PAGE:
Airplanes fly through clouds. The narrow-body twin-engine models on which we flew use about 50% bleed (outside) air to refresh the cabin air throughout the flight. A study of the microbiome of clouds finds some members of the Propionibacterium and Burkholderia families in their core, as well as Streptococcus in some samples [45]. A more recent study of cloud water found Burkholderia, Staphylococcus, and Streptococcus in samples [46]. Interesting future research would be to ascertain the influence of the cloud microbiome on the airplane cabin microbiome.

In conclusion, our study found that although the microbiome of airplane cabins has large flight-to-flight variations, it resembles the microbiome of many other built environments. This work adds to the growing body of evidence characterizing the built environment. These investigations form critical linkages between the categories of environmental and human-associated microbial ecology, and thus must meet the challenges of both areas. Improvements in future studies should include incorporation of rich metadata, such as architectural and other design features, human-surface contacts, and environmental exposures, as well as determination of microbe viability and the mechanisms used to persist in the airplane cabin environment. Identification of microbes that can be transferred between passengers and specific fomites will be especially important in informing public health and transportation policy. We hope to undertake an analogous study on significantly longer, international flights, as well as at key locations at departing and arriving airports. An improved understanding of the airplane cabin microbiome and how it is affected by passengers and crew may lead ultimately to construction of airplane cabins that maintain human health.

Materials and Methods

Selection of Flights

Each of five round-trips, on non-stop flights, targeted a different west coast destination to provide data representative of transcontinental flights. We flew to San Diego, Los Angeles, San Francisco, and Portland, OR, between November 2012 and March 2013. We flew to Seattle, WA, in May 2013. We flew on narrow-body twin-engine aircraft, with all but one flight on a specific model. Our movement data are representative of passenger and crew movements in a single aisle “3 + 3” economy cabin configuration.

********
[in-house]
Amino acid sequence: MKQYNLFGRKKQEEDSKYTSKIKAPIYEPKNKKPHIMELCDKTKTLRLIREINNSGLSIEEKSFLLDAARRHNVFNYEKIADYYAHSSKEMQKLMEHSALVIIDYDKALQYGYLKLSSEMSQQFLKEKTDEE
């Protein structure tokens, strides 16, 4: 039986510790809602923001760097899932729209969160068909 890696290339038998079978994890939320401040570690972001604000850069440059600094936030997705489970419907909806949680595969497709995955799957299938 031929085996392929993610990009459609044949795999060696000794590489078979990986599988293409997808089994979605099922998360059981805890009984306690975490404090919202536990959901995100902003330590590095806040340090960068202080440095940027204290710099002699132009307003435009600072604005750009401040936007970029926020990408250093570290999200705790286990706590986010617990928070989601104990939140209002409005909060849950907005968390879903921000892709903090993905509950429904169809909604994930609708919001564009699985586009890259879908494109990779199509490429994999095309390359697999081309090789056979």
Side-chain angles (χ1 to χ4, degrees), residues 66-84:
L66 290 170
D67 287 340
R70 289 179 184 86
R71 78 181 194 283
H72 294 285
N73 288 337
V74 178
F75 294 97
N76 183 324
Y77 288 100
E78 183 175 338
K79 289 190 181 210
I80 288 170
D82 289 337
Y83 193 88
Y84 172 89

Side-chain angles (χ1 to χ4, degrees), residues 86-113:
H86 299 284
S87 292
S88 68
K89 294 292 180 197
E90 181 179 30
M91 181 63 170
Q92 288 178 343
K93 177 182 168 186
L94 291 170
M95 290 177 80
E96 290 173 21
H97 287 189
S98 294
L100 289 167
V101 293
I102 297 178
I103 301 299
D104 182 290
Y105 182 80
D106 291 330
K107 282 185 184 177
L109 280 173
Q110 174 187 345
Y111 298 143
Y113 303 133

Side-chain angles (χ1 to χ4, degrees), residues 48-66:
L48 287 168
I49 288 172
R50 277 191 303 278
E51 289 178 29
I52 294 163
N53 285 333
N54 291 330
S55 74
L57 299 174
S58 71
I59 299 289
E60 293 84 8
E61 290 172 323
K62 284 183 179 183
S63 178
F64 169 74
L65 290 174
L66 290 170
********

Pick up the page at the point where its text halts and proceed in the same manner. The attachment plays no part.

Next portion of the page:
Air Sampling Methods

The two air sampling pumps used were model SKC AirChek XR5000. These were located in a seat at the back of the economy class cabin. Both pumps sampled at 3.5 liters per second, the NIOSH protocol for stationary sampling and approximately the normal breathing rate of adults.

Just prior to each sampling, each pump was calibrated using a MesaLab Defender Calibrator. Air samples of 30-min duration were collected onboard the aircraft during five distinct sampling intervals. Once the pilot announced the flight time, we calculated the quarter-way point, halfway point, and three quart-way point. Thus, the five sampling periods were pre-boarding and boarding, Q1 ± 15 min, Q2 ± 15 min, Q3 ± 15 min, and touchdown to end of deplaning. In addition, one sample was collected throughout the whole flight from 10,000 ft on ascent to 10,000 ft on descent. Flight 2 only has data for four time points. Following each sampling period, the sampling cartridges were wrapped with Teflon tape, labeled, logged, and placed in a cooler with chemical ice packs.

Fomite Sampling Methods

Prior to each flight, we prepared an ordered list of seven randomly selected seats, of which the first two occupied seats, as confirmed by the gate agent prior to boarding, were sampled. We also randomly chose a rear lavatory door (port or starboard) for sampling.